February 2009




I wonder how many are aware just how close to total meltdown the world actually came?

On Thursday (Sept 18), at 11am the Federal Reserve noticed a tremendous draw-down of money market accounts in the U.S., to the tune of $550 billion was being drawn out in the matter of an hour or two. The Treasury opened up its window to help and pumped a $105 billion in the system and quickly realized that they could not stem the tide. We were having an electronic run on the banks. They decided to close the operation, close down the money accounts and announce a guarantee of $250,000 per account so there wouldn’t be further panic out there.

If they had not done that, their estimation is that by 2pm that afternoon, $5.5 trillion would have been drawn out of the money market system of the U.S., would have collapsed the entire economy of the U.S., and within 24 hours the world economy would have collapsed. It would have been the end of our economic system and our political system as we know it.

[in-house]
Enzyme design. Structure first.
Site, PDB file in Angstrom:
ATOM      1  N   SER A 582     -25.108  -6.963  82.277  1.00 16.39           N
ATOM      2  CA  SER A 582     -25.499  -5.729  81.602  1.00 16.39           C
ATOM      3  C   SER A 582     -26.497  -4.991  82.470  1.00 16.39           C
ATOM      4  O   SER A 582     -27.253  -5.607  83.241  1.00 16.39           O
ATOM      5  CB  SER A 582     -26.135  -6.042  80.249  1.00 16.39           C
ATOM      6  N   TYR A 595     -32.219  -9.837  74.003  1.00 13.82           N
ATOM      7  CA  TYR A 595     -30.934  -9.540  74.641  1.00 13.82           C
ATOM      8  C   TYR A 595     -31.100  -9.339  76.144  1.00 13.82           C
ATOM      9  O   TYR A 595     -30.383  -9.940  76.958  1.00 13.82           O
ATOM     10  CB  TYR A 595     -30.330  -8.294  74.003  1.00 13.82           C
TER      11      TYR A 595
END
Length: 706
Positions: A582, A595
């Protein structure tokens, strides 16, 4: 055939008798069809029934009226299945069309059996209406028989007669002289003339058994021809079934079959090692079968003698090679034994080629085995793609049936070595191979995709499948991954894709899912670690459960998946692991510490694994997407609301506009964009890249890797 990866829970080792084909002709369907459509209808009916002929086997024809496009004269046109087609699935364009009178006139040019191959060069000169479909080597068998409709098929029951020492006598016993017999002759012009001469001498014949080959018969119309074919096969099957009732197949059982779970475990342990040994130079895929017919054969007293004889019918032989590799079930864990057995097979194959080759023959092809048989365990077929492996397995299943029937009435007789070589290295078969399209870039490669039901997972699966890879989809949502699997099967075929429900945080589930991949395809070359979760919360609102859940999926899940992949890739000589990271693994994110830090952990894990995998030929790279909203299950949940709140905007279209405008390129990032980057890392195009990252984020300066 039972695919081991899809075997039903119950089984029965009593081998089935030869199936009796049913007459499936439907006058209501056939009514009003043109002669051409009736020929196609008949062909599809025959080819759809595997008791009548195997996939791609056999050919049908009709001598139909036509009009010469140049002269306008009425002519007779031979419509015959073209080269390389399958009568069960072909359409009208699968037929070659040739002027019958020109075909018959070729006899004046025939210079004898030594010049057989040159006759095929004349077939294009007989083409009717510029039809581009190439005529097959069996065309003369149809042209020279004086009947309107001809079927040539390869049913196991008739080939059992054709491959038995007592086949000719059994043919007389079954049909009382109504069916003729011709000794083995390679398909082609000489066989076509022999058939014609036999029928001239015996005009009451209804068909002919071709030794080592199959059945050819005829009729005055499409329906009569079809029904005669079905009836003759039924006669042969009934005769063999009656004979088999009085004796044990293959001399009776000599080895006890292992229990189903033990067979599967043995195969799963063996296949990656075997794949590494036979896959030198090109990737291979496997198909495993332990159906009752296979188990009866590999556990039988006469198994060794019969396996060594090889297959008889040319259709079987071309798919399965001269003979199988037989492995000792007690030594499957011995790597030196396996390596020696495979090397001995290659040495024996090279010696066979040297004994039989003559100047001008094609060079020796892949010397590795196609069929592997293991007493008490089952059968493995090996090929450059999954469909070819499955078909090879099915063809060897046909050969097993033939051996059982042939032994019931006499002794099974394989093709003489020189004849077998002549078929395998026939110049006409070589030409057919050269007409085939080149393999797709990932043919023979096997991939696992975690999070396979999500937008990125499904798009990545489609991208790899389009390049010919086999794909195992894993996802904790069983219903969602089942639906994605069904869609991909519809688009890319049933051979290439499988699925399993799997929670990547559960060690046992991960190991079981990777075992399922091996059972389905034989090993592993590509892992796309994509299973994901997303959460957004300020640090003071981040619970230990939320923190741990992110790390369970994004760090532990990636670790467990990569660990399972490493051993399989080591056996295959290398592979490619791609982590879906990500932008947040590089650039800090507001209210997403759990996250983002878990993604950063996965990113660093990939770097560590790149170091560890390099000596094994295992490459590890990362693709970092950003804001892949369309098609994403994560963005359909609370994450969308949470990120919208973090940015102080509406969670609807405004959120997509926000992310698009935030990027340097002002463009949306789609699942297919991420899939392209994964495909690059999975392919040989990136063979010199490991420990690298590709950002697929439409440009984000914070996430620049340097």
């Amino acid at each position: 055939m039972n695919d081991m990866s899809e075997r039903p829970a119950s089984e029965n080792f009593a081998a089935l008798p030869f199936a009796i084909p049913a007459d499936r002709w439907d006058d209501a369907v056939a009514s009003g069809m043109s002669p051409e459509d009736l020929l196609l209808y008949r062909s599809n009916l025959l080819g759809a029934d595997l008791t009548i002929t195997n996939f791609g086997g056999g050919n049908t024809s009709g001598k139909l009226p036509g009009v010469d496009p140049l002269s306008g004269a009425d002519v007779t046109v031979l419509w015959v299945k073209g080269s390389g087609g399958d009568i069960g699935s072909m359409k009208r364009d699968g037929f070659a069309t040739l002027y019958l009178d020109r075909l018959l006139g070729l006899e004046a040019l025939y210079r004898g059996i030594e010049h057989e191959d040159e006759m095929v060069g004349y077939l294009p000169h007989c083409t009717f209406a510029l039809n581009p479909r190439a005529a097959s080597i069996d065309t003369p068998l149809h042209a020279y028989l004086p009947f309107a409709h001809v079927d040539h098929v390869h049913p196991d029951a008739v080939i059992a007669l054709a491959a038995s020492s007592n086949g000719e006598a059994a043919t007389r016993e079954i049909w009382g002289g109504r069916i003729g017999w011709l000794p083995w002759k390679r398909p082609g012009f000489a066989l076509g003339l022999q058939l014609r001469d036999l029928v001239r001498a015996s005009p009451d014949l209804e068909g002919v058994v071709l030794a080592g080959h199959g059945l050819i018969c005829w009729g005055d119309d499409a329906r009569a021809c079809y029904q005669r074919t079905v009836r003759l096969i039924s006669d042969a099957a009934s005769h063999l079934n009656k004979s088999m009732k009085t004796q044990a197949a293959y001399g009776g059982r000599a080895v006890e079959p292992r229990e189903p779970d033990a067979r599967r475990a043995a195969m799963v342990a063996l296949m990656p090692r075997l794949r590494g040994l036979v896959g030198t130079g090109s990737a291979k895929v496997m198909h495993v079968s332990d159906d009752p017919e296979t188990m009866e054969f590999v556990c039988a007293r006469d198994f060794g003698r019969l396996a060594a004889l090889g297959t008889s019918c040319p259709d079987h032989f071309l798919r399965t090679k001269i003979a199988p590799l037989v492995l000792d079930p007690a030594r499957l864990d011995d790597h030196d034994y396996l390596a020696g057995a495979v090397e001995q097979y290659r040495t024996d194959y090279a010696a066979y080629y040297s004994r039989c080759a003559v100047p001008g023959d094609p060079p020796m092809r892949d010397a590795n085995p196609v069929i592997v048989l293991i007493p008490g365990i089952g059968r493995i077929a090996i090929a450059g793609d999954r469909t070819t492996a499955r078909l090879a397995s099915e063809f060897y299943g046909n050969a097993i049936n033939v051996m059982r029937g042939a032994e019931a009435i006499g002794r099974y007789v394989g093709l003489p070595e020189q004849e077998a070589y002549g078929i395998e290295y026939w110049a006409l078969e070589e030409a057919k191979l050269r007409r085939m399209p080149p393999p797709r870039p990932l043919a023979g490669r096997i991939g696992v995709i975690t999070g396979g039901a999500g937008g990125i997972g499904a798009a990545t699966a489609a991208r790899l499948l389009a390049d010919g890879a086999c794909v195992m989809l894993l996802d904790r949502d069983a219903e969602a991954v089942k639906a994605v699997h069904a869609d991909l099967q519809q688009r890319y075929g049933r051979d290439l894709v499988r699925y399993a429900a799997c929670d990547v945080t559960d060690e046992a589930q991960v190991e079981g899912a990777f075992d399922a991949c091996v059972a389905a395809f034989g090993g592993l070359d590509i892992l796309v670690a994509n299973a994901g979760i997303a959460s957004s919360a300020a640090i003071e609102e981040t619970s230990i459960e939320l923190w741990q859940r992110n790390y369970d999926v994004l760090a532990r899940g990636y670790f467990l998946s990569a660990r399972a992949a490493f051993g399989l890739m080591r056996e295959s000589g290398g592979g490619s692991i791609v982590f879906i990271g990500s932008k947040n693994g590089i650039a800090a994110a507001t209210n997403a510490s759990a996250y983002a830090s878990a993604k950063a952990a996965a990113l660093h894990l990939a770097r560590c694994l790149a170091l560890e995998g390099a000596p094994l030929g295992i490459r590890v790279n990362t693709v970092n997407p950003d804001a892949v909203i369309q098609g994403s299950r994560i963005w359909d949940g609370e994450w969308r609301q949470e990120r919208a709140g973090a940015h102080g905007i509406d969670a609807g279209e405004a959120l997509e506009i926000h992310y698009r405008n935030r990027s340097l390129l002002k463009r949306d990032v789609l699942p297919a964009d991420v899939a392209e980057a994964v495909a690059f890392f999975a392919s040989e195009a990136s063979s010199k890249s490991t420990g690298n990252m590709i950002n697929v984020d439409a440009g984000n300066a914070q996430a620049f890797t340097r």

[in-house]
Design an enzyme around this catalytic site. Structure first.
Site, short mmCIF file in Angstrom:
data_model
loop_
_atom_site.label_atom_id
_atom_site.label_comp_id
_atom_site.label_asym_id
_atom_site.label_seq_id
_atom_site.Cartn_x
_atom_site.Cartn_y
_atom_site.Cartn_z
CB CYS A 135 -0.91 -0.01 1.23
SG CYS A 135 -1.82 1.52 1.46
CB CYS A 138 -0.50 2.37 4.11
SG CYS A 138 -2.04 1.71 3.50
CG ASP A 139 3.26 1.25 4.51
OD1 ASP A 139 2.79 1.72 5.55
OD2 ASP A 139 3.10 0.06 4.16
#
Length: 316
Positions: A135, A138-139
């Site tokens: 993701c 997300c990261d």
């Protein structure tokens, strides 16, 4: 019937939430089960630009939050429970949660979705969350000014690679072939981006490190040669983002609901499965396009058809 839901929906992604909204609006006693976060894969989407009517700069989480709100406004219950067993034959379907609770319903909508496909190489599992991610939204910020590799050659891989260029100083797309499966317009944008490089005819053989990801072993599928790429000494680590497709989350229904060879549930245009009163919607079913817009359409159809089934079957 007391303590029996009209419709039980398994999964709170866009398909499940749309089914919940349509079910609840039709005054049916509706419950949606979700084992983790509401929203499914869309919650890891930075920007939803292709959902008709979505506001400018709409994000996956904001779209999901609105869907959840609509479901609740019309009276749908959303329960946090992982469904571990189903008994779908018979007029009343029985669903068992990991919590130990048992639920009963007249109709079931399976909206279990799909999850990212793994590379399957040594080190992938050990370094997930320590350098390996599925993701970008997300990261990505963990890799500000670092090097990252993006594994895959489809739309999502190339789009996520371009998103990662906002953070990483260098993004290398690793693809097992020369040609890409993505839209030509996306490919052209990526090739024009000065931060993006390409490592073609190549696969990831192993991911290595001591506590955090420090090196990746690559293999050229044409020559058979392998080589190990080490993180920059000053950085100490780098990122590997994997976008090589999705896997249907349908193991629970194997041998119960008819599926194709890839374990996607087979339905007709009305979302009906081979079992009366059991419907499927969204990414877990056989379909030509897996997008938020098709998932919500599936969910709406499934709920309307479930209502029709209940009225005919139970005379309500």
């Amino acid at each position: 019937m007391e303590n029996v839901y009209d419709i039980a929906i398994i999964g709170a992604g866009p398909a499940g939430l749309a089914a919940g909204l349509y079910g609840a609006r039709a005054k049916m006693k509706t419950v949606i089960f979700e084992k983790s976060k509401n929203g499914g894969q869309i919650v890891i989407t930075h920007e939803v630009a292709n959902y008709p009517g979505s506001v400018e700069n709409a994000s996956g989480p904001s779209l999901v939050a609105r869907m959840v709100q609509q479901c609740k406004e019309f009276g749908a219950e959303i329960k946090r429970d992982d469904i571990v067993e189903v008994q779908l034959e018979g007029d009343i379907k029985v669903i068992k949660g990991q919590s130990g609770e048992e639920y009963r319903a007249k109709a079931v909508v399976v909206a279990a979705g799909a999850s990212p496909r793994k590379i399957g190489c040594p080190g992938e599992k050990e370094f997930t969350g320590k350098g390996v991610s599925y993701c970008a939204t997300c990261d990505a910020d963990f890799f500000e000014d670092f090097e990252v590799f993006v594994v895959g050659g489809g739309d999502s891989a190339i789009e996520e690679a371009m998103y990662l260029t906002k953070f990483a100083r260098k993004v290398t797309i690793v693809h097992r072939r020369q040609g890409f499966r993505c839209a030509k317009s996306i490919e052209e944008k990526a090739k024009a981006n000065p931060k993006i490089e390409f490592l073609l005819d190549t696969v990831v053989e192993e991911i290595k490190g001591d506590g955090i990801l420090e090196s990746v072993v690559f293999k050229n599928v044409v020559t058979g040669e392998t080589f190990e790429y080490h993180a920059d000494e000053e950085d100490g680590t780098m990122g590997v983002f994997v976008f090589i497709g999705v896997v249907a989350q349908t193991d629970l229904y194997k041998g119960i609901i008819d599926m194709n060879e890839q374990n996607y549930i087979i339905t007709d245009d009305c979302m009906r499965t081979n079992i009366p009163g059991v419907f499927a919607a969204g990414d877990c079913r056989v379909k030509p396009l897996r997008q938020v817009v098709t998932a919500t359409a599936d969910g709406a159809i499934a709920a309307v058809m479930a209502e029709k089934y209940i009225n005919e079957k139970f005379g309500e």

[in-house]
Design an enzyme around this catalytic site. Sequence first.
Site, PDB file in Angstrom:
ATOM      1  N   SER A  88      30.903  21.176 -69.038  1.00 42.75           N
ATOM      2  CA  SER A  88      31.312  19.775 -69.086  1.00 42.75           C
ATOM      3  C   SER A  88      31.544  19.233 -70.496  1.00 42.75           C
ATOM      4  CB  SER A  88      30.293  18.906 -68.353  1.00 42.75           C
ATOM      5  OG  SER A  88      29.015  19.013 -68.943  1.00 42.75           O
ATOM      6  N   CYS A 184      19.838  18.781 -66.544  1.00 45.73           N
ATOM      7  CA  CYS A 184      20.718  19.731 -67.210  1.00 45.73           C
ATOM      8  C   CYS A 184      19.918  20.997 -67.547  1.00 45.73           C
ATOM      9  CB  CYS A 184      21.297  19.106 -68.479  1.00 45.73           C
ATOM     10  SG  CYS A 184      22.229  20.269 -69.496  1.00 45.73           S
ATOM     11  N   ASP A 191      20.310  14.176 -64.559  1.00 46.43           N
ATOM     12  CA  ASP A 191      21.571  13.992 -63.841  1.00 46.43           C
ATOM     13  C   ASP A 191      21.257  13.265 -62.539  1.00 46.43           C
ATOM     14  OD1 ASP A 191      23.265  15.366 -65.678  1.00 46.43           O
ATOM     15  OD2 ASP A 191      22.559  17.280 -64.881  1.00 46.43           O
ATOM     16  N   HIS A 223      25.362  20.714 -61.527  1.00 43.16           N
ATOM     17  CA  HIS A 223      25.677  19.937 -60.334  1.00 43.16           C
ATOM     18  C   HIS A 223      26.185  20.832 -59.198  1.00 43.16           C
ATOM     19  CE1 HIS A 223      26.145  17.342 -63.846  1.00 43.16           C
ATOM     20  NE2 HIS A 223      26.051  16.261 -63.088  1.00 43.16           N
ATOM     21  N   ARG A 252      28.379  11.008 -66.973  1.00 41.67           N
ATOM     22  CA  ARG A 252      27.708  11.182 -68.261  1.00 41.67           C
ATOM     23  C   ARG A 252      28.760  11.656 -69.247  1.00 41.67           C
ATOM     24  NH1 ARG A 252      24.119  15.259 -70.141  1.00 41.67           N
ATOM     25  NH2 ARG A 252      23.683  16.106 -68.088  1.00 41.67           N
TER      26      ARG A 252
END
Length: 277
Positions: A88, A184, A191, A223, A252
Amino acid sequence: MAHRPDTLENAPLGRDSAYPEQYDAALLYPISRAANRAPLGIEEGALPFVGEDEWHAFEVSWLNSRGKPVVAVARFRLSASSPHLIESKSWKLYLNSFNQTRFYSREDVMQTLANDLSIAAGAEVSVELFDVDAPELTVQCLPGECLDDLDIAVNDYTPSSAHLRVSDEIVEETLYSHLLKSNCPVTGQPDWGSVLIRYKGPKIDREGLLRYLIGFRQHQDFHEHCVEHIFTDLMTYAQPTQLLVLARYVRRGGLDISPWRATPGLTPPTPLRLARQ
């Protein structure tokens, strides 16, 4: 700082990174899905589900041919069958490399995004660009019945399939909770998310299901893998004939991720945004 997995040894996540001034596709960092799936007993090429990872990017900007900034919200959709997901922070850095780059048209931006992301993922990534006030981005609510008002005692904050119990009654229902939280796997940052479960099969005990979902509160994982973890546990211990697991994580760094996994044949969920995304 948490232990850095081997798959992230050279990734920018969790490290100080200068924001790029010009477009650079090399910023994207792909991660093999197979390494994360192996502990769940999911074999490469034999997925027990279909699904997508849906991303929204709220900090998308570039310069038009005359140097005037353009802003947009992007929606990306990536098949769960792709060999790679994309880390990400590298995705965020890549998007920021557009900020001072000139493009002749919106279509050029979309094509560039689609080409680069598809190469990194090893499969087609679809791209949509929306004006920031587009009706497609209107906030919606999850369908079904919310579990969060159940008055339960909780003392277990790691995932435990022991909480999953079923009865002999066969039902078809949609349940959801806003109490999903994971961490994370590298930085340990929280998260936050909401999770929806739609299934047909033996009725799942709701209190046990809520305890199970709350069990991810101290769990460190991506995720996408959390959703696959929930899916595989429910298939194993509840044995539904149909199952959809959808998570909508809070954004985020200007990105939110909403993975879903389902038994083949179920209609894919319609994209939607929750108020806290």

We are no better off today than we were 3 months ago because we have a decrease in the equity positions of banks because other assets are going sour by the moment.


This will be quite a long one. First, from Jean-Phillipe’s blog, his conclusions, and added, some of the recent argument from the comments sections.

In conclusion, let me expose my opinion, which may be prejudiced, but if so, I welcome any criticism of it.

I see the root of the current crisis in this core belief, of a religious nature, about the market (as self-regulated by the “invisible hand”), that led many people to ignore what the market really was, because it was inconvenient for them to acknowledge it (its chaotic nature was going against the belief).